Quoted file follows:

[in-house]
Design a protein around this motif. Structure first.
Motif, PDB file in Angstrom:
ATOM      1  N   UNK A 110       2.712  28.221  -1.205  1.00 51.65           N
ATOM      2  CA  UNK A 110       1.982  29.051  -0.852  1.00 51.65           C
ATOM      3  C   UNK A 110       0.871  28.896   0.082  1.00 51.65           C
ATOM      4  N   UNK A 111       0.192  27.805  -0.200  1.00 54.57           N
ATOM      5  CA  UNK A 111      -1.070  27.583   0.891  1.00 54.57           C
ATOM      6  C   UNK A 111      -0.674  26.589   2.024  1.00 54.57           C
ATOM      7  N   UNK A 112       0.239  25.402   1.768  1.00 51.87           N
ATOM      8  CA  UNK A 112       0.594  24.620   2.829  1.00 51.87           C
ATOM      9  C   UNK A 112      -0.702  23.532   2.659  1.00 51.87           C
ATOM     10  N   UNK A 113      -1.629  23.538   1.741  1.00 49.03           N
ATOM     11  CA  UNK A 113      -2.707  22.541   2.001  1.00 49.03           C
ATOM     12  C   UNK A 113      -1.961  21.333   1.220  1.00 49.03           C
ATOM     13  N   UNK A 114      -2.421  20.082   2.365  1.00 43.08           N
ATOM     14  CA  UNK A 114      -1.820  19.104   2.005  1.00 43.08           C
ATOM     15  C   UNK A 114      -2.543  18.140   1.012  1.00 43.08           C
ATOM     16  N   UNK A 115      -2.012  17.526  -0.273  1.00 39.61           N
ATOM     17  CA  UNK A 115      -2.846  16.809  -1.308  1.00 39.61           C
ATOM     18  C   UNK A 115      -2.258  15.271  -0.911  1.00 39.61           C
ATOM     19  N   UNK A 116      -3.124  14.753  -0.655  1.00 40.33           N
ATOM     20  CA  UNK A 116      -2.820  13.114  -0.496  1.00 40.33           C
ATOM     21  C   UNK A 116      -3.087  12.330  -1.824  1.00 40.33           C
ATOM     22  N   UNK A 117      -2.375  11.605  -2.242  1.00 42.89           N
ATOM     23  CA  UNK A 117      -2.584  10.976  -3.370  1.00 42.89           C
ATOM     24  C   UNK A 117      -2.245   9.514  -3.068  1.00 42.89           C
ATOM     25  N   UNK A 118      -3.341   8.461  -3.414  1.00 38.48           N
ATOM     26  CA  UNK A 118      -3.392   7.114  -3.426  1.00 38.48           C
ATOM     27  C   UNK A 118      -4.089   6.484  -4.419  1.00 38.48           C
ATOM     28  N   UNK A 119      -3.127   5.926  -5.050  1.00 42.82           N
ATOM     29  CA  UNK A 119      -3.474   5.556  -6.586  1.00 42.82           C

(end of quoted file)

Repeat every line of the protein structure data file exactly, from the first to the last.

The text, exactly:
[in-house]
Design a protein around this motif. Structure first.
Motif, PDB file in Angstrom:
ATOM      1  N   UNK A 110       2.712  28.221  -1.205  1.00 51.65           N
ATOM      2  CA  UNK A 110       1.982  29.051  -0.852  1.00 51.65           C
ATOM      3  C   UNK A 110       0.871  28.896   0.082  1.00 51.65           C
ATOM      4  N   UNK A 111       0.192  27.805  -0.200  1.00 54.57           N
ATOM      5  CA  UNK A 111      -1.070  27.583   0.891  1.00 54.57           C
ATOM      6  C   UNK A 111      -0.674  26.589   2.024  1.00 54.57           C
ATOM      7  N   UNK A 112       0.239  25.402   1.768  1.00 51.87           N
ATOM      8  CA  UNK A 112       0.594  24.620   2.829  1.00 51.87           C
ATOM      9  C   UNK A 112      -0.702  23.532   2.659  1.00 51.87           C
ATOM     10  N   UNK A 113      -1.629  23.538   1.741  1.00 49.03           N
ATOM     11  CA  UNK A 113      -2.707  22.541   2.001  1.00 49.03           C
ATOM     12  C   UNK A 113      -1.961  21.333   1.220  1.00 49.03           C
ATOM     13  N   UNK A 114      -2.421  20.082   2.365  1.00 43.08           N
ATOM     14  CA  UNK A 114      -1.820  19.104   2.005  1.00 43.08           C
ATOM     15  C   UNK A 114      -2.543  18.140   1.012  1.00 43.08           C
ATOM     16  N   UNK A 115      -2.012  17.526  -0.273  1.00 39.61           N
ATOM     17  CA  UNK A 115      -2.846  16.809  -1.308  1.00 39.61           C
ATOM     18  C   UNK A 115      -2.258  15.271  -0.911  1.00 39.61           C
ATOM     19  N   UNK A 116      -3.124  14.753  -0.655  1.00 40.33           N
ATOM     20  CA  UNK A 116      -2.820  13.114  -0.496  1.00 40.33           C
ATOM     21  C   UNK A 116      -3.087  12.330  -1.824  1.00 40.33           C
ATOM     22  N   UNK A 117      -2.375  11.605  -2.242  1.00 42.89           N
ATOM     23  CA  UNK A 117      -2.584  10.976  -3.370  1.00 42.89           C
ATOM     24  C   UNK A 117      -2.245   9.514  -3.068  1.00 42.89           C
ATOM     25  N   UNK A 118      -3.341   8.461  -3.414  1.00 38.48           N
ATOM     26  CA  UNK A 118      -3.392   7.114  -3.426  1.00 38.48           C
ATOM     27  C   UNK A 118      -4.089   6.484  -4.419  1.00 38.48           C
ATOM     28  N   UNK A 119      -3.127   5.926  -5.050  1.00 42.82           N
ATOM     29  CA  UNK A 119      -3.474   5.556  -6.586  1.00 42.82           C